1. re: bbulkow

            I agree with bbulkow. I had awesome raw fish at Le Bernardin. I believe one of their course is called "raw". Not so different from typical sashimi.

            I think my next will be:

            Sakae
            Sushi Sam's
            Sebo
            Ino

            Thank you all for your contribution. I appreciate that many are able to point out that I much prefer traditional nigiri over the nouveau sushi adorned with lots of unnecessary adornment. I will post more later on when I do hit my favorite go to sushi place here.

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            Sebo
            517 Hayes St, San Francisco, CA 94102

            Sakae
            243 California Drive, Burlingame, CA 94010

            Sushi Sam's
            218 E 3rd Ave, San Mateo, CA 94401

            Ino Restaurant
            25 Miller Ave, Mill Valley, CA 94941

            1. re: lvolleyer

              Kaygetsu should be on your next short list, even though it's a far drive. You have to find out when they're doing sushi, but when they do they have a very short list and it is very traditional. I think they do every night, but lunch seems more iffy. It is primarily kaseki as KK says, but the one time I had sushi there was peak.

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              Kaygetsu Restaurant
              325 Sharon Park Dr Ste A2, Menlo Park, CA 94025

              1. re: bbulkow

                I'm not sure how long ago you had nigiri at Kaygetsu, but my first two times were 2006 and 2007 and 2006 was way better than 2007. Since then, Toshi-san was working lunch sushi and dinner every day in addition to preparing sashimi courses for kaiseki dinners (as well as making California rolls for the casual lunch crowd) that quality even of a la carte nigiri orders was inconsistent. Not sure what it is like now, but he either has an assistant or another chef on duty during that timeslot (best to call ahead). You definitely need a reservation at the bar (since they seat only 6).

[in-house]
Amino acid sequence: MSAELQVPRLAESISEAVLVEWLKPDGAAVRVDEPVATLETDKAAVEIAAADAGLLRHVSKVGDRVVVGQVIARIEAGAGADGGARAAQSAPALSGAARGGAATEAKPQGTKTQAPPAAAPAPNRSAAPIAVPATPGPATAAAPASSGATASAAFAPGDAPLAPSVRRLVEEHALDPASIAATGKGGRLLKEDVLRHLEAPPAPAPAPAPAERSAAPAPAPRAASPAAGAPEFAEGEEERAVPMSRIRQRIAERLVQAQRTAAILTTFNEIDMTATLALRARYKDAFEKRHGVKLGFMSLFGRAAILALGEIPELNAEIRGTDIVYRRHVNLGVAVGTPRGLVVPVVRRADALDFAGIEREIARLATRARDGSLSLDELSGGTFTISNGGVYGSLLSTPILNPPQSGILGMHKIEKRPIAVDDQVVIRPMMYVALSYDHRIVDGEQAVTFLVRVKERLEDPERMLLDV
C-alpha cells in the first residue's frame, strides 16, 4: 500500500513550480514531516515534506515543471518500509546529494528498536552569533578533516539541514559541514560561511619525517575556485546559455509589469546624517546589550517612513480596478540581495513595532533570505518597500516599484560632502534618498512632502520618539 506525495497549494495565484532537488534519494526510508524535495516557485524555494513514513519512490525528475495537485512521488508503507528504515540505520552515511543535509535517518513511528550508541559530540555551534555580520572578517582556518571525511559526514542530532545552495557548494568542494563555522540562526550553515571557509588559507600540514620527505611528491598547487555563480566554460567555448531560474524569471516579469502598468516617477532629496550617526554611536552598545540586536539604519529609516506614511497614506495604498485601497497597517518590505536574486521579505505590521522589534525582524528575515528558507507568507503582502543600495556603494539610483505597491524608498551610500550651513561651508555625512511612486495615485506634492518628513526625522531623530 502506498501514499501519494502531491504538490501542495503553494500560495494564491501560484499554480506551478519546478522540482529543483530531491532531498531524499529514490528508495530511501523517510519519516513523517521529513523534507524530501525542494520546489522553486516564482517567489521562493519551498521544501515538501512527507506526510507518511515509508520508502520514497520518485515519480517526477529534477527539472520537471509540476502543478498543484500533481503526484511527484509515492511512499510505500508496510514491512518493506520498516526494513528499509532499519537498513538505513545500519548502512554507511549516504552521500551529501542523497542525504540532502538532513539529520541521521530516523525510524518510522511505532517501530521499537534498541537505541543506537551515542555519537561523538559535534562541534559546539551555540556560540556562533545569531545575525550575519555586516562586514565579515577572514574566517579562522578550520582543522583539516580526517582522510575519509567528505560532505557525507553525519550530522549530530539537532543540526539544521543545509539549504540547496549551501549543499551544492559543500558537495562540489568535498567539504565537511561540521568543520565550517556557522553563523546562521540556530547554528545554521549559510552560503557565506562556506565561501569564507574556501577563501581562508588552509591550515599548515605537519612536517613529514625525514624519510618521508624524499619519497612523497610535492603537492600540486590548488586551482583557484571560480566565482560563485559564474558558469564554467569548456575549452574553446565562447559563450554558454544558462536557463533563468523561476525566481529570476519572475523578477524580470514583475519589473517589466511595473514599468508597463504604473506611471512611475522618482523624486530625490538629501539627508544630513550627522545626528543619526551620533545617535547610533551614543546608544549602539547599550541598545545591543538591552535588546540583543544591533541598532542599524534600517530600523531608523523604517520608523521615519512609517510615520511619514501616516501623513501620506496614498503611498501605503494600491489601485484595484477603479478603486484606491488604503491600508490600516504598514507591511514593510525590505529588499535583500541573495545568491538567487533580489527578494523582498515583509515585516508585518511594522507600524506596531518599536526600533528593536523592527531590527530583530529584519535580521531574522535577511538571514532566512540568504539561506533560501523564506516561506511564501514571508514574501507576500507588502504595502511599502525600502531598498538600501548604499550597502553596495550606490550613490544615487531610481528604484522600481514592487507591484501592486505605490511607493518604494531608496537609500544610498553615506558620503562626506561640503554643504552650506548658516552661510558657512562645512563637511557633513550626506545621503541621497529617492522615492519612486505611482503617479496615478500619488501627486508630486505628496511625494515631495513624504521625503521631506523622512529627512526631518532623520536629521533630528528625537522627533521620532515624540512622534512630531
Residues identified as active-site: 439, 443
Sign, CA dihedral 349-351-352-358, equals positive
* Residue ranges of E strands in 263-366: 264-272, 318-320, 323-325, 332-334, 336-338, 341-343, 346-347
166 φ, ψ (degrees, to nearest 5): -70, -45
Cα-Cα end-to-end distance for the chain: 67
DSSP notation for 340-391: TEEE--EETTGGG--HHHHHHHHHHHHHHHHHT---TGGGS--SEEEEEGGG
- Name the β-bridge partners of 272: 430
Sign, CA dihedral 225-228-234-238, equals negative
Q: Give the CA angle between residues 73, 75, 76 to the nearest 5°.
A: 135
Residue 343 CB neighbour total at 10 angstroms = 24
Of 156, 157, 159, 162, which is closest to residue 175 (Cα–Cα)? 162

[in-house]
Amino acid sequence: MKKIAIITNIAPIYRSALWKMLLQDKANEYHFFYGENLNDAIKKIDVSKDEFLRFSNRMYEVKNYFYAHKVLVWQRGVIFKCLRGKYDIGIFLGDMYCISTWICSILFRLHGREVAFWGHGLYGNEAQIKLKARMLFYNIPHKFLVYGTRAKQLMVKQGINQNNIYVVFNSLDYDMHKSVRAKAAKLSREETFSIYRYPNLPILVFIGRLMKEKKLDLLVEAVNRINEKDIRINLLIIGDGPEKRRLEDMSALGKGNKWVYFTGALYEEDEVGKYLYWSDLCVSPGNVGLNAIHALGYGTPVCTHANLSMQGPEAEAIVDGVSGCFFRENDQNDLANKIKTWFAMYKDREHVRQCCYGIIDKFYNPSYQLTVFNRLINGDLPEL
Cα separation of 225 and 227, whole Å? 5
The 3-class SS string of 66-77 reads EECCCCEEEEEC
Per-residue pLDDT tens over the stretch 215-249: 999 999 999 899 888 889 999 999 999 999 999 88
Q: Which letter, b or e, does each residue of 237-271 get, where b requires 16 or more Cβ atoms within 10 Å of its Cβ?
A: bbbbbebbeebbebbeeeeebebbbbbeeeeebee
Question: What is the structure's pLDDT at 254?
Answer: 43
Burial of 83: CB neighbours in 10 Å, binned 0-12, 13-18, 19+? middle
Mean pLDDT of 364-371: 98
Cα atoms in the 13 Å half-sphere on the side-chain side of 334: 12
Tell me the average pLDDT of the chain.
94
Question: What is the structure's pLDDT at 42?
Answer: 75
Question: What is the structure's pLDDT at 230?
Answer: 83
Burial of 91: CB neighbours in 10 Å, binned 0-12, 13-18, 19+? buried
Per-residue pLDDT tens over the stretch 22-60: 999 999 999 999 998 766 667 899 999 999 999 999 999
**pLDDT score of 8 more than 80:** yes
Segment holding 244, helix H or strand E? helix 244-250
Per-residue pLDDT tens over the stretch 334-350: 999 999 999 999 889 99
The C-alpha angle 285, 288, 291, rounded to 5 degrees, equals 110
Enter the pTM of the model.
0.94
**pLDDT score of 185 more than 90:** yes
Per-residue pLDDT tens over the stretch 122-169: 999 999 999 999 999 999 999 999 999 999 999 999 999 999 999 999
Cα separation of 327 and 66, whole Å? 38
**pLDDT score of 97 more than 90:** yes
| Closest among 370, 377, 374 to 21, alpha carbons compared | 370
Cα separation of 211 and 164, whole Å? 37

Kaygetsu in my estimation based on those two old visits, will be a gamble. The bar space (as well as fish storage) is so small that the selection will also be the same.

                If they have something seasonal and rare, sometimes it is saved only for dinner courses, but one must call ahead to find out (and hopefully get the answer), at most it will be one or two really interesting fish (like chicken grunt/isaki which is a white fleshed fish), unlike Sushi Ran or Sakae for example (or Sushi Sam's for that matter).

                Quality of even the nigiri making is going to vary. Prices are going to match Sakae level, and honestly I'd rather eat at Sakae where the pieces are bigger and at least you know what they have.

                The only thing I wonder, is that what prices and availability of seasonal Japanese fish is like these days in the top sushi bars with the earthquake/tsunami/radiation leakage into the waters around Fukushima disaster.

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                Kaygetsu Restaurant
                325 Sharon Park Dr Ste A2, Menlo Park, CA 94025

                Sakae
                243 California Drive, Burlingame, CA 94010

                Sushi Sam's
                218 E 3rd Ave, San Mateo, CA 94401

                Sushi Ran
                107 Caledonia St., Sausalito, CA 94965

          2. re: K K

            I'd go to Sushi AKA Tombo over Ino any day, especially if you care about friendly service.

            Sebo has its days when the fish is hard to top. But helps if you're used to NYC prices and can get a seat at the bar. I rarely eat there as a result.

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            Sebo
            517 Hayes St, San Francisco, CA 94102

            1. re: Windy

              Well Ino is clearly not for everyone. It is one of those places where you and the chef develop some sort of unspoken relationship and take it for what it is with his behavior and character/temperament. Not like he will explode or anything, but he's not one of those super fun loving chatty friendly chefs trying to make buddies with you, and not doing this as an act like some of those "sushi nazi" types as characterized by a WSJ article some time back.